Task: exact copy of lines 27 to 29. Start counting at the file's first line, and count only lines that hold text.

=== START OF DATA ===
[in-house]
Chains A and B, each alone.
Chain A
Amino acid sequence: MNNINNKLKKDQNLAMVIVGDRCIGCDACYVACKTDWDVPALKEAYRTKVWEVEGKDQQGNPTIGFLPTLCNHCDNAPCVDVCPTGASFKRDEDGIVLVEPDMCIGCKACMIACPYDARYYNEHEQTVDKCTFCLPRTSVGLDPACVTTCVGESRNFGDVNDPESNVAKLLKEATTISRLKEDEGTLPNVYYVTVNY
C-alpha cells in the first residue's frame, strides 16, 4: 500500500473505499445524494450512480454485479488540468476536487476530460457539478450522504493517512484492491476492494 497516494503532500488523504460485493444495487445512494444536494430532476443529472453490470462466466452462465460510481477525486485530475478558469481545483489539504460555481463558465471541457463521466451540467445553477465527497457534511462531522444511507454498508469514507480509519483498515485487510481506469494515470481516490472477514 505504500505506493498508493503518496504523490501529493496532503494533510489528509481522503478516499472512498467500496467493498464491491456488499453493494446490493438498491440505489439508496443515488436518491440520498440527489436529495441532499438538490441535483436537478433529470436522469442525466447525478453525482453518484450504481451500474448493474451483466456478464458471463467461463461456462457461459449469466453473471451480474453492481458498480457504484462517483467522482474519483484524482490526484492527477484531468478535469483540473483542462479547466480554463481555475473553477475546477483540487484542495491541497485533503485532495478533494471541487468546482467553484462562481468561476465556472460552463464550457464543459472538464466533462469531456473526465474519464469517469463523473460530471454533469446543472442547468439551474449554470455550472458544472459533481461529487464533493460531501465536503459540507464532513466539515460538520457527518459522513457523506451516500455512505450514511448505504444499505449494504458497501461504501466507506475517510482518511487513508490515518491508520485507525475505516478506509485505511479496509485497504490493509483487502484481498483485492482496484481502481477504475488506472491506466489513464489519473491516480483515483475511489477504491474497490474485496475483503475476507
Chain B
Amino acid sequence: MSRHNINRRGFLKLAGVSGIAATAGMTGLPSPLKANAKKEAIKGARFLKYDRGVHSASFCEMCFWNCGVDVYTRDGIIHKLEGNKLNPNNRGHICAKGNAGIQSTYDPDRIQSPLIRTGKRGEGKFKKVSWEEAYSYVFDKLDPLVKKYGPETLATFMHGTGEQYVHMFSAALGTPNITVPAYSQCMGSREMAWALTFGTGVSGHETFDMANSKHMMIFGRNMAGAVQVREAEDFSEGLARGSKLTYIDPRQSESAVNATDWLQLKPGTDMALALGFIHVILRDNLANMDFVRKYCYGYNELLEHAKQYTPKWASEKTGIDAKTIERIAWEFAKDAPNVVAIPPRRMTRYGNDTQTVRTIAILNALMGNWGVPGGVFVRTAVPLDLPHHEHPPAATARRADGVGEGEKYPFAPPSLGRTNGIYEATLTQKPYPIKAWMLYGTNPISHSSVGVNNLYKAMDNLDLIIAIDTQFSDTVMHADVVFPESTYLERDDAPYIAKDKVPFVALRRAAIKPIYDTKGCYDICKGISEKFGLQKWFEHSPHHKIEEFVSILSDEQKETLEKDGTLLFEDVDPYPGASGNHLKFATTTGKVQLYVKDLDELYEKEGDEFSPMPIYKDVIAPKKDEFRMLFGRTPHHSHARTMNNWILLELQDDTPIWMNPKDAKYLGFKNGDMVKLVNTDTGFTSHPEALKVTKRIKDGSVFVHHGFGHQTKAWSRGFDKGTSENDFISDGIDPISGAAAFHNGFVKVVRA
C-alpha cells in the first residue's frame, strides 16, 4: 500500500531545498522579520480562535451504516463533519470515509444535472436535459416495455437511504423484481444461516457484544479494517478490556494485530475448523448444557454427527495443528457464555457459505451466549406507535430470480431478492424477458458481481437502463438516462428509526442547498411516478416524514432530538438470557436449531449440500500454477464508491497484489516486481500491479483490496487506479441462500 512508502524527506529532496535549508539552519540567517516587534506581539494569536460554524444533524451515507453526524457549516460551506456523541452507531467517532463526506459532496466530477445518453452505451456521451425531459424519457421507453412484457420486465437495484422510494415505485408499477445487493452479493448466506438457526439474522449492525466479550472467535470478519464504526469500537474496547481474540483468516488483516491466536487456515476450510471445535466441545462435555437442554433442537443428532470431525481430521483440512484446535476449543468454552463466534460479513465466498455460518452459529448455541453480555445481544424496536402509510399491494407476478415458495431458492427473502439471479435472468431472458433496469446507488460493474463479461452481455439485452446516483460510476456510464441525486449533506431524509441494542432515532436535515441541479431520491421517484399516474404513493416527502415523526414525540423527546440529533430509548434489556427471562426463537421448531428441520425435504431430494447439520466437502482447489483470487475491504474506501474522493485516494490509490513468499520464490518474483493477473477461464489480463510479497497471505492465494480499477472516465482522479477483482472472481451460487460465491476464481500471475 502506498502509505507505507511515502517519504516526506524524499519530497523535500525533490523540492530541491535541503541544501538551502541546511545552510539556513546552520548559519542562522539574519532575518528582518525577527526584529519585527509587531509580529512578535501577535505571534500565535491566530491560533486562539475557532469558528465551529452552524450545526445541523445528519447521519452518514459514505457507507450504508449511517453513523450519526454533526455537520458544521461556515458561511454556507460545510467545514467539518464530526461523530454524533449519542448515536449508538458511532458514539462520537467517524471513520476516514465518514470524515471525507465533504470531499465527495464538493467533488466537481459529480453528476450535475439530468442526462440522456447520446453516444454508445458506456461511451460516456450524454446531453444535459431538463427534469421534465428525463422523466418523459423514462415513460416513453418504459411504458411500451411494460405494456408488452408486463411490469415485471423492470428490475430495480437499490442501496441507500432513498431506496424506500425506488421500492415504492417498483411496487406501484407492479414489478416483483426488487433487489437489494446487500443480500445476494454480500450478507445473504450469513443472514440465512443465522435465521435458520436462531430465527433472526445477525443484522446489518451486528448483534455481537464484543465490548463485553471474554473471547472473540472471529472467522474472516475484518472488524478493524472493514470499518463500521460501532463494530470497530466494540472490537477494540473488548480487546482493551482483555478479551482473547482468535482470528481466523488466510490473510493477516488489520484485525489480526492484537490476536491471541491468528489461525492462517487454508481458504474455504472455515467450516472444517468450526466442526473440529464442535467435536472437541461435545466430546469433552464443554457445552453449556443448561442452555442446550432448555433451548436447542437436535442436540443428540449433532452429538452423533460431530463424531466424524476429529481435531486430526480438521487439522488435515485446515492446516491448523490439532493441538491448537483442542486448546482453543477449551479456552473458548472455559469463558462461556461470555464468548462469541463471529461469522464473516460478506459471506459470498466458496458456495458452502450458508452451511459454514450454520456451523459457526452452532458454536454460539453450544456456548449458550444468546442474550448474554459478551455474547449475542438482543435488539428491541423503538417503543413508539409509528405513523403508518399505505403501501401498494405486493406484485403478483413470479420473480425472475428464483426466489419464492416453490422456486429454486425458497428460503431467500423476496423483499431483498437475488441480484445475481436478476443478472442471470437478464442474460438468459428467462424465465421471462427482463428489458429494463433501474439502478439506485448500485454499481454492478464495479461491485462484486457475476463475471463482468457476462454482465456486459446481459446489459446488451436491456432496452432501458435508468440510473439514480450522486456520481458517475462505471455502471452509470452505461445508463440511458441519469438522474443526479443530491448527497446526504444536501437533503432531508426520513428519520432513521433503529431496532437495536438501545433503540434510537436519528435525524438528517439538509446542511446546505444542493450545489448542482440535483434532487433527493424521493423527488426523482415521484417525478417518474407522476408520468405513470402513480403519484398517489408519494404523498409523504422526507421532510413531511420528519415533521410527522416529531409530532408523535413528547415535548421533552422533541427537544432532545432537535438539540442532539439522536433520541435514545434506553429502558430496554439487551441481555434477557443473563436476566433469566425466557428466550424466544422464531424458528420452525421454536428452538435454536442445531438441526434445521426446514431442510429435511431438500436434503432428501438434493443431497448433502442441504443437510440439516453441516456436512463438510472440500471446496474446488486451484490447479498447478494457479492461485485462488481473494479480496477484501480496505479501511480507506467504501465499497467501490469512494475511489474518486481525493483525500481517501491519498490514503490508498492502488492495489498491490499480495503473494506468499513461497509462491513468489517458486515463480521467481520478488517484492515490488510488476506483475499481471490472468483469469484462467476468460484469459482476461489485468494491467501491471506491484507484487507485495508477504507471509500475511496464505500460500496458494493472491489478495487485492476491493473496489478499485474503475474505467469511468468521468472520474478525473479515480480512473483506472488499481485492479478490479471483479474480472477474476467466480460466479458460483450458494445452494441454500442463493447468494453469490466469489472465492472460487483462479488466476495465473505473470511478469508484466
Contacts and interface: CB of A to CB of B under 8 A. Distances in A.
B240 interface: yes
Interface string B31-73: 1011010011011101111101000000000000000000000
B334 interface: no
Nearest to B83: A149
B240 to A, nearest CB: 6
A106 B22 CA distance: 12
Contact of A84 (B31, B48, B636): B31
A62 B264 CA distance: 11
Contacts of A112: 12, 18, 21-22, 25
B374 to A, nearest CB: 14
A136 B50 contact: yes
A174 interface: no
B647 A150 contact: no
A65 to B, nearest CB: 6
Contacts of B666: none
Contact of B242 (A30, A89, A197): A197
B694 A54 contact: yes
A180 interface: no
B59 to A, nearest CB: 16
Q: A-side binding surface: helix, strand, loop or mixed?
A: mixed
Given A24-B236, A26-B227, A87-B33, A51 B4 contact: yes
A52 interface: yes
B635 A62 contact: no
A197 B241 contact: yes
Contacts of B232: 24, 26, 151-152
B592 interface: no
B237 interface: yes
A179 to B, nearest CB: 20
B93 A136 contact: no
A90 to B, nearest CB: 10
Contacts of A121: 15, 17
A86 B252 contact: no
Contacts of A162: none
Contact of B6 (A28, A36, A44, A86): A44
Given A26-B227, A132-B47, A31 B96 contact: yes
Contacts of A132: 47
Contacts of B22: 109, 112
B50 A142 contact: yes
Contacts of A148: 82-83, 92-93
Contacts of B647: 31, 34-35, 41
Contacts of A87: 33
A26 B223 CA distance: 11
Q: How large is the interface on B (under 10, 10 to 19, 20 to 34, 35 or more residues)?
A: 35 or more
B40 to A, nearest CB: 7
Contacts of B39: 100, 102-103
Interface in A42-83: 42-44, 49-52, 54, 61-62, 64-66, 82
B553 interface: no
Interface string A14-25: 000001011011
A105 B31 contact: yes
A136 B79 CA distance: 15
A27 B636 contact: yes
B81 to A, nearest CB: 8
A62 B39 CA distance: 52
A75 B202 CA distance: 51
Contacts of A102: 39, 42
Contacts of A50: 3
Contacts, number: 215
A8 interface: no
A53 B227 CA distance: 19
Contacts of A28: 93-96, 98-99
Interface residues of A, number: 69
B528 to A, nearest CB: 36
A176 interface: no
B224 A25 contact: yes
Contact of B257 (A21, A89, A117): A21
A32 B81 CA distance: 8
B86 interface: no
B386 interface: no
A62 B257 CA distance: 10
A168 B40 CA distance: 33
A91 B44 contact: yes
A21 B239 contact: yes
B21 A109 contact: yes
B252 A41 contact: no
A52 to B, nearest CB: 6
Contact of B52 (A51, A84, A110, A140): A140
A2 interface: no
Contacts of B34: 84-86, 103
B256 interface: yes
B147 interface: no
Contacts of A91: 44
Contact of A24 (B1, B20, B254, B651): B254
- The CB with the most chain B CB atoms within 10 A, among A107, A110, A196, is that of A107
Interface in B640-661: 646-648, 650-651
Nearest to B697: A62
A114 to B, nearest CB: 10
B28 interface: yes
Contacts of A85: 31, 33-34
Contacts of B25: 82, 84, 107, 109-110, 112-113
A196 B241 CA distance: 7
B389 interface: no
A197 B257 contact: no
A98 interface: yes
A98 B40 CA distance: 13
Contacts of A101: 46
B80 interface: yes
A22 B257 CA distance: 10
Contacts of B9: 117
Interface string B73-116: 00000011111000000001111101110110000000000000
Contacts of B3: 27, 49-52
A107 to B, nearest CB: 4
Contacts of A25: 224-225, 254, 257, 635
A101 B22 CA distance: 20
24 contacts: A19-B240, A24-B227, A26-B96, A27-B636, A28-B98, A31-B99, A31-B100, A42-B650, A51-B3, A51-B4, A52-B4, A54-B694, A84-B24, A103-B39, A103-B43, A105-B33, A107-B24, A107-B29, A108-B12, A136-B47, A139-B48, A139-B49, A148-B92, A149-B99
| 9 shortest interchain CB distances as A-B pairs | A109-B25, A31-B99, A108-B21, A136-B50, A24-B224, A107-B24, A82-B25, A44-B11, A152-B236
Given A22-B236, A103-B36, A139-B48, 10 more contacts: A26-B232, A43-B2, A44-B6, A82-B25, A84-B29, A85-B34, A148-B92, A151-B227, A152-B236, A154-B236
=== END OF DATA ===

A180 interface: no
B59 to A, nearest CB: 16
Q: A-side binding surface: helix, strand, loop or mixed?